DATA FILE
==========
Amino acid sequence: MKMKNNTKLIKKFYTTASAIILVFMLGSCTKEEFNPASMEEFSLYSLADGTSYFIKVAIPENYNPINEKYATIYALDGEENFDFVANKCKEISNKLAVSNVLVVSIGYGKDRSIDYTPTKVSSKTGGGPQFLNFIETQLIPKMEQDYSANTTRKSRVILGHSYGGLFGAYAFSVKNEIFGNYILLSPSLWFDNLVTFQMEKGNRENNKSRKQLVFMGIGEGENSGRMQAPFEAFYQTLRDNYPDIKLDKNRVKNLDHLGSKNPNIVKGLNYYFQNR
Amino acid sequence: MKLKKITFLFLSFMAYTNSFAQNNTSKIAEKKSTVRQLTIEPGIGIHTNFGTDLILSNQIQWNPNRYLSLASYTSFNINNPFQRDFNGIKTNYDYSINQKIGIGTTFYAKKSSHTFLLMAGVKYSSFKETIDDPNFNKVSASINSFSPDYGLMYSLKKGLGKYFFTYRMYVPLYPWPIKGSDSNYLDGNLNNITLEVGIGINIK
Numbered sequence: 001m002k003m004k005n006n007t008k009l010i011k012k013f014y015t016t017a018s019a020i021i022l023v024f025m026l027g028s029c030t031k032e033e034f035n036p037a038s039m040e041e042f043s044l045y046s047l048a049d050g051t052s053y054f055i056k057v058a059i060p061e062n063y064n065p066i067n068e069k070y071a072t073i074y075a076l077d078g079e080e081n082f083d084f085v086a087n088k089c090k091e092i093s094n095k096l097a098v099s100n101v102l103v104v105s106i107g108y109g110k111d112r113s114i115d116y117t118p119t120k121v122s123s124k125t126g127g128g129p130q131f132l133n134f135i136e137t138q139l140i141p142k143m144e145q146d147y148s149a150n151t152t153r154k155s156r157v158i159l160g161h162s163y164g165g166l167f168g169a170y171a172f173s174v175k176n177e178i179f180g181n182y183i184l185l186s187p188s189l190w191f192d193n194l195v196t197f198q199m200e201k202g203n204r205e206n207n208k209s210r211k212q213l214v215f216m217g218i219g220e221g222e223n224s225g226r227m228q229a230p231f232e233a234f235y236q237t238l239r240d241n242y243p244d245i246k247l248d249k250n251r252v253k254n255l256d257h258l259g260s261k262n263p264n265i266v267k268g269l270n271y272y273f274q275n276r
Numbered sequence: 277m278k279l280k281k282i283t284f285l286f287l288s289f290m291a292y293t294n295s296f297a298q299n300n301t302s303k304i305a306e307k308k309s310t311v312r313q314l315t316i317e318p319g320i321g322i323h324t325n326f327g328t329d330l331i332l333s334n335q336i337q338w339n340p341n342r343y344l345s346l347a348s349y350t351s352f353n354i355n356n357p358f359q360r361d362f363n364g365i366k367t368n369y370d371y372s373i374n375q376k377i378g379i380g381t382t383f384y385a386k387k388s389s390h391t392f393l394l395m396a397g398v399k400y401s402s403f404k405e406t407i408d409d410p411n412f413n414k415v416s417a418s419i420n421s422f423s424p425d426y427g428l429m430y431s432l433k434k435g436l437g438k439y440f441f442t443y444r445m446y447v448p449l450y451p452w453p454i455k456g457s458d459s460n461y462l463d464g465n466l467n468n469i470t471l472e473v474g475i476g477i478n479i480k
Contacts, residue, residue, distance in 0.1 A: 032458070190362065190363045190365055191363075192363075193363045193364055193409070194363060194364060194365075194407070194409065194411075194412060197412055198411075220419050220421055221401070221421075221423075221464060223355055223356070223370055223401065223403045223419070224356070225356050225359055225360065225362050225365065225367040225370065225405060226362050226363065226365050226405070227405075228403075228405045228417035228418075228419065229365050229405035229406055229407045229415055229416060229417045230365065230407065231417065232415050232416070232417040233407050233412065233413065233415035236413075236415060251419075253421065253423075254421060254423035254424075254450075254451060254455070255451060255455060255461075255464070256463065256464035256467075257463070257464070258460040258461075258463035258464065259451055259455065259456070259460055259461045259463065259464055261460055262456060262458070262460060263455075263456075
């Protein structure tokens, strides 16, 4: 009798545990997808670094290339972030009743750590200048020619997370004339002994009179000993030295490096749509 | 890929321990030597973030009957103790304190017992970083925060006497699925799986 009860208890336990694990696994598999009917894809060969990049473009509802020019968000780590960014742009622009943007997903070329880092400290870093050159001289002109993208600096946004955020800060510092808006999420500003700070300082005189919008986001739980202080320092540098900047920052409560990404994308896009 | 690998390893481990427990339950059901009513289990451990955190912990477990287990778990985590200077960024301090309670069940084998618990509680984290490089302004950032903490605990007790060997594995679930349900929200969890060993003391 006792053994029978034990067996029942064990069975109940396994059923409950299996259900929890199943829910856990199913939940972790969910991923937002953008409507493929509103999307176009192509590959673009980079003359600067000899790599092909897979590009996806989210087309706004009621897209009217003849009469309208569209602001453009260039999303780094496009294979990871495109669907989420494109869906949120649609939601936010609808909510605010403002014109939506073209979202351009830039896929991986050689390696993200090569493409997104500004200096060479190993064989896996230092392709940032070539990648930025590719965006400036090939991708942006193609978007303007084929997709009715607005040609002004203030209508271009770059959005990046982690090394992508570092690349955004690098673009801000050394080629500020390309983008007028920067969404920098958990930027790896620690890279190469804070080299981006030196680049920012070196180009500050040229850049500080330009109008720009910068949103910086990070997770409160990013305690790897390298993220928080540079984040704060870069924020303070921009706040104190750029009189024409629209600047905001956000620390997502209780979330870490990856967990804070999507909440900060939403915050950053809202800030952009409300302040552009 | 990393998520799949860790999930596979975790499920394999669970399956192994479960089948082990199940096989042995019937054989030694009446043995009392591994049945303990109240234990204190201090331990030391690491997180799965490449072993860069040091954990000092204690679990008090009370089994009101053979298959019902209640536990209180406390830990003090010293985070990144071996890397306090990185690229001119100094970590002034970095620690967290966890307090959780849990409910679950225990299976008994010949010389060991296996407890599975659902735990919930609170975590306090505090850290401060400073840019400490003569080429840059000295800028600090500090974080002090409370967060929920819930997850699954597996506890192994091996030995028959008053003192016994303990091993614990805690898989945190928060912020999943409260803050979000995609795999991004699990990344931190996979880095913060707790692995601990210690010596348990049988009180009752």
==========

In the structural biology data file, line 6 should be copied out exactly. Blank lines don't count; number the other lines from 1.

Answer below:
């Protein structure tokens, strides 16, 4: 009798545990997808670094290339972030009743750590200048020619997370004339002994009179000993030295490096749509 | 890929321990030597973030009957103790304190017992970083925060006497699925799986 009860208890336990694990696994598999009917894809060969990049473009509802020019968000780590960014742009622009943007997903070329880092400290870093050159001289002109993208600096946004955020800060510092808006999420500003700070300082005189919008986001739980202080320092540098900047920052409560990404994308896009 | 690998390893481990427990339950059901009513289990451990955190912990477990287990778990985590200077960024301090309670069940084998618990509680984290490089302004950032903490605990007790060997594995679930349900929200969890060993003391 006792053994029978034990067996029942064990069975109940396994059923409950299996259900929890199943829910856990199913939940972790969910991923937002953008409507493929509103999307176009192509590959673009980079003359600067000899790599092909897979590009996806989210087309706004009621897209009217003849009469309208569209602001453009260039999303780094496009294979990871495109669907989420494109869906949120649609939601936010609808909510605010403002014109939506073209979202351009830039896929991986050689390696993200090569493409997104500004200096060479190993064989896996230092392709940032070539990648930025590719965006400036090939991708942006193609978007303007084929997709009715607005040609002004203030209508271009770059959005990046982690090394992508570092690349955004690098673009801000050394080629500020390309983008007028920067969404920098958990930027790896620690890279190469804070080299981006030196680049920012070196180009500050040229850049500080330009109008720009910068949103910086990070997770409160990013305690790897390298993220928080540079984040704060870069924020303070921009706040104190750029009189024409629209600047905001956000620390997502209780979330870490990856967990804070999507909440900060939403915050950053809202800030952009409300302040552009 | 990393998520799949860790999930596979975790499920394999669970399956192994479960089948082990199940096989042995019937054989030694009446043995009392591994049945303990109240234990204190201090331990030391690491997180799965490449072993860069040091954990000092204690679990008090009370089994009101053979298959019902209640536990209180406390830990003090010293985070990144071996890397306090990185690229001119100094970590002034970095620690967290966890307090959780849990409910679950225990299976008994010949010389060991296996407890599975659902735990919930609170975590306090505090850290401060400073840019400490003569080429840059000295800028600090500090974080002090409370967060929920819930997850699954597996506890192994091996030995028959008053003192016994303990091993614990805690898989945190928060912020999943409260803050979000995609795999991004699990990344931190996979880095913060707790692995601990210690010596348990049988009180009752």